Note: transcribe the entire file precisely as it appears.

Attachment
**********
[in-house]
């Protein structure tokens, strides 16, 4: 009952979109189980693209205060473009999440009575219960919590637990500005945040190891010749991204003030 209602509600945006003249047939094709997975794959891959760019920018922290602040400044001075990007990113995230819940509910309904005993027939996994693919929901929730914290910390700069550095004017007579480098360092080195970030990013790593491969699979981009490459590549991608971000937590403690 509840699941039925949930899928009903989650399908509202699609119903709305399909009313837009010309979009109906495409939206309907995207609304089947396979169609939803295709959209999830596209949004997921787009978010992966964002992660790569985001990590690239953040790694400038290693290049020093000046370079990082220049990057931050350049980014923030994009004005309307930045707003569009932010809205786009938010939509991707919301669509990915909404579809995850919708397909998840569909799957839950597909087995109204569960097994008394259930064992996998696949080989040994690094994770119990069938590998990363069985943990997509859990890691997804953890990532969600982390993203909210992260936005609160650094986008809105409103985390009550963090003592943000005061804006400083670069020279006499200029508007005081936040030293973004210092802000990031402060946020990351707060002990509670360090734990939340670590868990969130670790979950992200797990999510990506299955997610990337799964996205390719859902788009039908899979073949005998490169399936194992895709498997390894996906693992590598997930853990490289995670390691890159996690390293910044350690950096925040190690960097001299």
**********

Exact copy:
[in-house]
């Protein structure tokens, strides 16, 4: 009952979109189980693209205060473009999440009575219960919590637990500005945040190891010749991204003030 209602509600945006003249047939094709997975794959891959760019920018922290602040400044001075990007990113995230819940509910309904005993027939996994693919929901929730914290910390700069550095004017007579480098360092080195970030990013790593491969699979981009490459590549991608971000937590403690 509840699941039925949930899928009903989650399908509202699609119903709305399909009313837009010309979009109906495409939206309907995207609304089947396979169609939803295709959209999830596209949004997921787009978010992966964002992660790569985001990590690239953040790694400038290693290049020093000046370079990082220049990057931050350049980014923030994009004005309307930045707003569009932010809205786009938010939509991707919301669509990915909404579809995850919708397909998840569909799957839950597909087995109204569960097994008394259930064992996998696949080989040994690094994770119990069938590998990363069985943990997509859990890691997804953890990532969600982390993203909210992260936005609160650094986008809105409103985390009550963090003592943000005061804006400083670069020279006499200029508007005081936040030293973004210092802000990031402060946020990351707060002990509670360090734990939340670590868990969130670790979950992200797990999510990506299955997610990337799964996205390719859902788009039908899979073949005998490169399936194992895709498997390894996906693992590598997930853990490289995670390691890159996690390293910044350690950096925040190690960097001299």